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Planning system key to delivering greener, better places

Words: Laura Edgar

"Better partnerships and evidence" are the key to deriving greater benefits from green places, Natural England said yesterday.

At a conference organised by the Green Infrastructure Partnership, speakers from the world of planning, environment and local government met to assess the evidence about the value of green infrastructure and how it can be used to influence planning decisions.

It has been indicated in recent research that areas with high quality green infrastructure, such as parks and street trees, are better for people’s physical and mental health. The area is also less likely to flood and will attract more investment.

However, the seminar discussed how green infrastructure is not considered when planning decisions are made and how the English planning system can be used to support the creative delivery of green infrastructure in the long term. The conference also looked at what evidence and partnerships are needed for this to happen. 

Martin Moss, senior adviser on green infrastructure at Natural England who spoke at the seminar, said: “From combating air pollution and climate change to improving people’s mental and physical health, green infrastructure provides a whole range of beneficial services. We need a more creative approach for planning green infrastructure in the long term, making better use of partnerships and evidence, if we are to continue to benefit from these services. Yesterday’s event is an important part of how we can achieve this.”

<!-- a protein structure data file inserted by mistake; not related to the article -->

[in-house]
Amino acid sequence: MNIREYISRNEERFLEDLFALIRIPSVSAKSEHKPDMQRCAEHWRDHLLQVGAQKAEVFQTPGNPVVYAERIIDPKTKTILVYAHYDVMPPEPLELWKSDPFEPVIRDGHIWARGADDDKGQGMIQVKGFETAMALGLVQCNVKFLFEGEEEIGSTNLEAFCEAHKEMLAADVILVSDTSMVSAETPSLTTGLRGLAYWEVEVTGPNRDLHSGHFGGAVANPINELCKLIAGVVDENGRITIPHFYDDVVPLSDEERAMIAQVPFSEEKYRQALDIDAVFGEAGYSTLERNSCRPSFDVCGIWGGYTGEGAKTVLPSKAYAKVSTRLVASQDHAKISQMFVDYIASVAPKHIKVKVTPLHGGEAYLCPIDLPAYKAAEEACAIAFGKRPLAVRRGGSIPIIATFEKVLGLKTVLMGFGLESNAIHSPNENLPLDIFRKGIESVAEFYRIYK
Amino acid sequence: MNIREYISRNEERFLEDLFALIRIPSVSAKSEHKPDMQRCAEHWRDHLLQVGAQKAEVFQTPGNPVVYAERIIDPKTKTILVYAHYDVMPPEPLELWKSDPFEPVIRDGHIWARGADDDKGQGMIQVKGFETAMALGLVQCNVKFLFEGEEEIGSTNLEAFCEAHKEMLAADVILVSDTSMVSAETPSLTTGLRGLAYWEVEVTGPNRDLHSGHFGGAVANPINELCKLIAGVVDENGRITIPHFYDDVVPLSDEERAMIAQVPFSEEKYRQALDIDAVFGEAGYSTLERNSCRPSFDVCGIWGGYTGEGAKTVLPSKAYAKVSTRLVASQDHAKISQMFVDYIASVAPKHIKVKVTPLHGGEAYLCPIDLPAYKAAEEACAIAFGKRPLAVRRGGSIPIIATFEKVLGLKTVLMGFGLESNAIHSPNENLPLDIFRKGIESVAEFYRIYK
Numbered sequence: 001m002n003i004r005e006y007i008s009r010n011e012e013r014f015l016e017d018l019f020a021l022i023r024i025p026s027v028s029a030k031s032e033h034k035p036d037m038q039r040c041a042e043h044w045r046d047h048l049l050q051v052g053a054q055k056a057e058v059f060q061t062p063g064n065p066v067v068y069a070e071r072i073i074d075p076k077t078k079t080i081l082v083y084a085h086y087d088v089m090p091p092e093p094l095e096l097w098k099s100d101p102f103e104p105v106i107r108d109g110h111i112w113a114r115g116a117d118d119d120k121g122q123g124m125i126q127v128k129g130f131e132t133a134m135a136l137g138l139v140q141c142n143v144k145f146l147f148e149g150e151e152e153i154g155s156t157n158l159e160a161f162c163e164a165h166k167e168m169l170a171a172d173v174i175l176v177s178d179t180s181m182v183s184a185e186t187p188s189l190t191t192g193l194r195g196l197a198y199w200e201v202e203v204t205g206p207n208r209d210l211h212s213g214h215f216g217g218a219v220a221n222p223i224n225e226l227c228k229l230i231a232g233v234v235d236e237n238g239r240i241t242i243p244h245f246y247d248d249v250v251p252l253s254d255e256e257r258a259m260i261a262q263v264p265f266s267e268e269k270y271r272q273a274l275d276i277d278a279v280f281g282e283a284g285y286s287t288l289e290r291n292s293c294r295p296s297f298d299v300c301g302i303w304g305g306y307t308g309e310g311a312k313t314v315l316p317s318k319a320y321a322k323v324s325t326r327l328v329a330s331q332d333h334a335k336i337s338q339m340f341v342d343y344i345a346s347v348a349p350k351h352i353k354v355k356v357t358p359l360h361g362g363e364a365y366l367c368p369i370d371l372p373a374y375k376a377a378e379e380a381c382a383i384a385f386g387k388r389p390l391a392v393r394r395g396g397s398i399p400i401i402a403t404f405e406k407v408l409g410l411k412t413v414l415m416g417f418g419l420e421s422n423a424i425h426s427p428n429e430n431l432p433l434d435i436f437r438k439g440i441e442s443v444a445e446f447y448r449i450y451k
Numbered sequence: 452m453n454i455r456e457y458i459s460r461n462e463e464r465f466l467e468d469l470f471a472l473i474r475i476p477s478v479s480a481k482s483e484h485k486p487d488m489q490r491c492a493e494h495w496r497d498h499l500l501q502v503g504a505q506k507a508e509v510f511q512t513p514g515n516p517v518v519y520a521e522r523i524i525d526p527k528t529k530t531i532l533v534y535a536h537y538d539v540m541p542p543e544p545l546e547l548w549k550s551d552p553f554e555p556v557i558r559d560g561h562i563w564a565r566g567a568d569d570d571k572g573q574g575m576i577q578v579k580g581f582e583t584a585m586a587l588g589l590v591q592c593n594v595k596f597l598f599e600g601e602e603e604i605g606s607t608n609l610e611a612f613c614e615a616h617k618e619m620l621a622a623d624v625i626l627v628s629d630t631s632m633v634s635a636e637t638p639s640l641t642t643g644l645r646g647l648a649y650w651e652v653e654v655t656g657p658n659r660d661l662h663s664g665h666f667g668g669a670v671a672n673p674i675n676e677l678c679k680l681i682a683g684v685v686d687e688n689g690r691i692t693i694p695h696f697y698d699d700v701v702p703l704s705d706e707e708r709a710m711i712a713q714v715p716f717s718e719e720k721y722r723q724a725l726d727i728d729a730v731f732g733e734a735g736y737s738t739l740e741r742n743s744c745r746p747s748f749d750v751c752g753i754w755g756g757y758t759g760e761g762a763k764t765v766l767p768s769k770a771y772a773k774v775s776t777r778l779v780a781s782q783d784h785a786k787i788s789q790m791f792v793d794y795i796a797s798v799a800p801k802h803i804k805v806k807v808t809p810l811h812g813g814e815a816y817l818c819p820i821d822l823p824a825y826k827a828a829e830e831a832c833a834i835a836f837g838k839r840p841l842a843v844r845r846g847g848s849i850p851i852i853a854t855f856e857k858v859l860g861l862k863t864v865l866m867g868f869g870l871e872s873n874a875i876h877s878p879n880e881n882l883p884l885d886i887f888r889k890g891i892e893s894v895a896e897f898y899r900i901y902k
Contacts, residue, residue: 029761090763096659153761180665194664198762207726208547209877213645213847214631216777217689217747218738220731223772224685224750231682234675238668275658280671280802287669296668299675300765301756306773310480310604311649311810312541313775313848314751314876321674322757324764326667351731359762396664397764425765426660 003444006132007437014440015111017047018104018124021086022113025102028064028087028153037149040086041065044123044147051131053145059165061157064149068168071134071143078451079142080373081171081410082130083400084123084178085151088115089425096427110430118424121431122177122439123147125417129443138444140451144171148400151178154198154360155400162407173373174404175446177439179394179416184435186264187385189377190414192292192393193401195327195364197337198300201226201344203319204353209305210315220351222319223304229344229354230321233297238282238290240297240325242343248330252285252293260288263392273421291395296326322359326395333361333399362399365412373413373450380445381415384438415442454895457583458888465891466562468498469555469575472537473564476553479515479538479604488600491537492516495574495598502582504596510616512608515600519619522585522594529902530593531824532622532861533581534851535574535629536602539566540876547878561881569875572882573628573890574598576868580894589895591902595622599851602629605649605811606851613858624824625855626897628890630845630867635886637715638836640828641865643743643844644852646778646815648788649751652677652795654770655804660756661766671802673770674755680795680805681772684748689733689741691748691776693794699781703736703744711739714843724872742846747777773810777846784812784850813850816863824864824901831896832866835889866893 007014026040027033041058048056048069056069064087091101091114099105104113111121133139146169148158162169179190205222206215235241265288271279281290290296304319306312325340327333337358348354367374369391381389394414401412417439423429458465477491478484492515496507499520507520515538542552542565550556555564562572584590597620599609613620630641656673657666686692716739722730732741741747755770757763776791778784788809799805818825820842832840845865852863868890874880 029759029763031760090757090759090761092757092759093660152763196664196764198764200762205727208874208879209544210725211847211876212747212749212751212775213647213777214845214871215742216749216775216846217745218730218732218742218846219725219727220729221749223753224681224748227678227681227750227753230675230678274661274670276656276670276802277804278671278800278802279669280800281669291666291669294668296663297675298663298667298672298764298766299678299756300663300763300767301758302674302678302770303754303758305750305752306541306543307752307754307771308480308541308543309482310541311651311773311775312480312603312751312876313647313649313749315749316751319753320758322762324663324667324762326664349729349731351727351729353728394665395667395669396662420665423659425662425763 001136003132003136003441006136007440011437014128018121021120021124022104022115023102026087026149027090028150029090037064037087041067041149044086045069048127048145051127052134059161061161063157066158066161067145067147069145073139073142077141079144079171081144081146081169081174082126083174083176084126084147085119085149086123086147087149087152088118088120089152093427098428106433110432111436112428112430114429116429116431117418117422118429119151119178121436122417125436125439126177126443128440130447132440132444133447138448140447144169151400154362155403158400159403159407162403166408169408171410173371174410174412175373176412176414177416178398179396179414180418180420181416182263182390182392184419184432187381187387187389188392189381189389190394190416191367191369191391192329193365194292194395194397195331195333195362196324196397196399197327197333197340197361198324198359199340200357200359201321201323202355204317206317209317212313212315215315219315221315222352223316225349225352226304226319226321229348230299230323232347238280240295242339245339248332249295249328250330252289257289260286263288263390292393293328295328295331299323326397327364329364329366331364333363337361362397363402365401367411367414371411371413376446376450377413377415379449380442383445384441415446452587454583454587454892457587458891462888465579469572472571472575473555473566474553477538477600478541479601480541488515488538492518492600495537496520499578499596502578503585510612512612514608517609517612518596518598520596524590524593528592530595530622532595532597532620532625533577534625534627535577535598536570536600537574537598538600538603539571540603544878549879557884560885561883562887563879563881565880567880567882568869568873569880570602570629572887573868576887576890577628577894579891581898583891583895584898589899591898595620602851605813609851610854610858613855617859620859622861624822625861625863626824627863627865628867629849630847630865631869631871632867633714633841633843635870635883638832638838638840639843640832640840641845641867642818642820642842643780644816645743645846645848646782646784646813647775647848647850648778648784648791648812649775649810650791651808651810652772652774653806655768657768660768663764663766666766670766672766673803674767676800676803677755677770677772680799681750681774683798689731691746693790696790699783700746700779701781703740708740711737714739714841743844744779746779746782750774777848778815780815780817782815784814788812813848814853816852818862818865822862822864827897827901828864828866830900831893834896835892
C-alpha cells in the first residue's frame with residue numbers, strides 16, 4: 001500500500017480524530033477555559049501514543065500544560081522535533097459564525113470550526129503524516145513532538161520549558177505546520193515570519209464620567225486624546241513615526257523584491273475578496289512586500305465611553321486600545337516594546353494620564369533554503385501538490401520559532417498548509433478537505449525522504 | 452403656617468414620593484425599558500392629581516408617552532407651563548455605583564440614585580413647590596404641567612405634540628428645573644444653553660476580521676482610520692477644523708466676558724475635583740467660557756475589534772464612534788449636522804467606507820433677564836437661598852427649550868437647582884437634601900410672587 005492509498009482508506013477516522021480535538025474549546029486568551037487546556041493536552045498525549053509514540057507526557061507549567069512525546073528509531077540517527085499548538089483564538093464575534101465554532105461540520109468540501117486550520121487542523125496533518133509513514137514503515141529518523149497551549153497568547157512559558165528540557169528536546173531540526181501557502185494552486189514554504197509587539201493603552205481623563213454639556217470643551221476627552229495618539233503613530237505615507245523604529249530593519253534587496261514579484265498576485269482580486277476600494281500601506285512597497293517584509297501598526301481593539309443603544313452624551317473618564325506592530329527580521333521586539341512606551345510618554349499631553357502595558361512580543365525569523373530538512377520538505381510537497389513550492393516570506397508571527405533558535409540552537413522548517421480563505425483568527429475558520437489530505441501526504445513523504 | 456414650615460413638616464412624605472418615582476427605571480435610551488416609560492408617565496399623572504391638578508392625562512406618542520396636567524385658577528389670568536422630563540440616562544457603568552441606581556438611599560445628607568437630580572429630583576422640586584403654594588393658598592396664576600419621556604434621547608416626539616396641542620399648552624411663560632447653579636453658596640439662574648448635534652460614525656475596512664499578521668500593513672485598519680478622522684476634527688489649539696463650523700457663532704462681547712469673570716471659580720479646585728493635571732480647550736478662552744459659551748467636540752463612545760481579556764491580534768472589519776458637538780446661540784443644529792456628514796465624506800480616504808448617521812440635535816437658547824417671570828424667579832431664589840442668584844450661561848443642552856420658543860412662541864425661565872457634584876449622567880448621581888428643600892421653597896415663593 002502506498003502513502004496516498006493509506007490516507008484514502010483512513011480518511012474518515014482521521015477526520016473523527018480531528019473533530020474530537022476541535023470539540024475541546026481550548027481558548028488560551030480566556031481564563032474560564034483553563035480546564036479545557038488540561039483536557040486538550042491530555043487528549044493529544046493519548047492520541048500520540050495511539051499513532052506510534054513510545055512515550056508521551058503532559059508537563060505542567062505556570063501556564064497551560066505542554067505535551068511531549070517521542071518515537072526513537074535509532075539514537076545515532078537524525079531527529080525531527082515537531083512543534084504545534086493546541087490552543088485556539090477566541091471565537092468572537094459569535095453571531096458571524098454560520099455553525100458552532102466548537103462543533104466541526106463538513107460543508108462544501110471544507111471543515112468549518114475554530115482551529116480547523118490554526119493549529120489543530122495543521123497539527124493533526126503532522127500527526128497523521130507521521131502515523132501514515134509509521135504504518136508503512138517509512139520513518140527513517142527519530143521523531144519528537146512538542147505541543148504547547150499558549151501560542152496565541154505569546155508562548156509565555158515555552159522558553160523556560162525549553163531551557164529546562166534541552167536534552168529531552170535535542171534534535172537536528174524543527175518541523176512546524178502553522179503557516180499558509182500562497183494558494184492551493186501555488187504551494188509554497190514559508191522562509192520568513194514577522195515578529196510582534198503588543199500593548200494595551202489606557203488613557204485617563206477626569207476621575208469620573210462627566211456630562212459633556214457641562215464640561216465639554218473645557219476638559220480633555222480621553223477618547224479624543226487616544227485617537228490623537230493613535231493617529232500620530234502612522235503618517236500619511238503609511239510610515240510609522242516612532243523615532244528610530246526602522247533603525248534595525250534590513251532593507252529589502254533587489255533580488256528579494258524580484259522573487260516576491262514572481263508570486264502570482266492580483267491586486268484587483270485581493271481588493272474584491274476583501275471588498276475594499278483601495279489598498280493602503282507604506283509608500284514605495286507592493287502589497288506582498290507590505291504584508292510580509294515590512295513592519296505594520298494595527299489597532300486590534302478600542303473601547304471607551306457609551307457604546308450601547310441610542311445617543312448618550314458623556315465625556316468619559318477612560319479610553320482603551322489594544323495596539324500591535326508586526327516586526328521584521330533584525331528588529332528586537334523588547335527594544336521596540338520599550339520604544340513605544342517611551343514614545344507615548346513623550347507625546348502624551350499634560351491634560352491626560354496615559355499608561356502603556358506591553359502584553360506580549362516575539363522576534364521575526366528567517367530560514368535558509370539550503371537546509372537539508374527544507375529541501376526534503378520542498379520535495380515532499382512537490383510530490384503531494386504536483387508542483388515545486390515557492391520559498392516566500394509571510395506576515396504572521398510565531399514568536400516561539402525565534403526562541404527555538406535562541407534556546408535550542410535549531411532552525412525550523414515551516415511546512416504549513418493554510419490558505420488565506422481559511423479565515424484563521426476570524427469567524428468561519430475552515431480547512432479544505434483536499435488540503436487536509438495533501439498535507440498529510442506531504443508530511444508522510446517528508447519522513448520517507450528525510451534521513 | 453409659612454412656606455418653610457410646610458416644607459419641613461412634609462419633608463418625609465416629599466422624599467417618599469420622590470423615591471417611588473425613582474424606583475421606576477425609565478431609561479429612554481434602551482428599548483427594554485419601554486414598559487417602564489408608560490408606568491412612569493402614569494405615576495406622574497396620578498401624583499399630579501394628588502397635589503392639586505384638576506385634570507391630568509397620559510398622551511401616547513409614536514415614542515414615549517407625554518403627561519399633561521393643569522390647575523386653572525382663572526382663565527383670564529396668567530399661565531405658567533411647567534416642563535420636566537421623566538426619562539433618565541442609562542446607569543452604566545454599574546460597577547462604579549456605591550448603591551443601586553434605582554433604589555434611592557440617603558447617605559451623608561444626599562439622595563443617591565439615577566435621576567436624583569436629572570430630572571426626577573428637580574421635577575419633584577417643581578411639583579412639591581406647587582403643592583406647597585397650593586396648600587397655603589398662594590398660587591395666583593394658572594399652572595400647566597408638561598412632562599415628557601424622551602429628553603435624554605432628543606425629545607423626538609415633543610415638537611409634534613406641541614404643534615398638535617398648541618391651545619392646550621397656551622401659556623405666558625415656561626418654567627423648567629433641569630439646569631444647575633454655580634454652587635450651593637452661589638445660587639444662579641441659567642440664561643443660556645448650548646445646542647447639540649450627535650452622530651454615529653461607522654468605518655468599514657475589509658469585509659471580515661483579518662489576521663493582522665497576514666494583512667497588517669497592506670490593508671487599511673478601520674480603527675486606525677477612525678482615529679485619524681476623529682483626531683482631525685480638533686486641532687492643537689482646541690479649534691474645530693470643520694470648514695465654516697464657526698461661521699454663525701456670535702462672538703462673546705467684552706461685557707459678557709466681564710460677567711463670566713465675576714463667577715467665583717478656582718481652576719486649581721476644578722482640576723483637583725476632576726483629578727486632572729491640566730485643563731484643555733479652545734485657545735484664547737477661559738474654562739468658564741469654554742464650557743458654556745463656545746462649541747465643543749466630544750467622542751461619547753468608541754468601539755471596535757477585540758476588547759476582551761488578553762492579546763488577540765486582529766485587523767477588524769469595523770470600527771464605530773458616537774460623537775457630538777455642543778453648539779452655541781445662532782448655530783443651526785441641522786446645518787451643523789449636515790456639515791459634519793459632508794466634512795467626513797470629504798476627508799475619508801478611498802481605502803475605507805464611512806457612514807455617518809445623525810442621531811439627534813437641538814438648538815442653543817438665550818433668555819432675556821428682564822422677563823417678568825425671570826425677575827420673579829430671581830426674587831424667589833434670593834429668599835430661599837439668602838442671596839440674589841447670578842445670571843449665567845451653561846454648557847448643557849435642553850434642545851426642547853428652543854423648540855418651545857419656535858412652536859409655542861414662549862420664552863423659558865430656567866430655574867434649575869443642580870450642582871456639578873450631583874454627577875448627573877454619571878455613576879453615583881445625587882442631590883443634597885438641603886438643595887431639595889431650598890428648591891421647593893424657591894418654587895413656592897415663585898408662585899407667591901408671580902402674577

With the challenge of developing a resilient - and healthy - natural environment, green infrastructure is becoming an essential element of infrastructure planning for cities and towns, as well as the wider landscape.

Julia Thrift, organiser of the Green Infrastructure Partnership and head of events at the Town and Country Planning Association (TCPA) explained that the evidence was overwhelming to suggest that green infrastructure is as important to the success of towns and cities as transport and communications. Thrift added: “We need to communicate this evidence better in the planning system so that the people who make the decisions understand that high quality green infrastructure is a vital component of a thriving place, not a ‘nice to have’ optional extra.”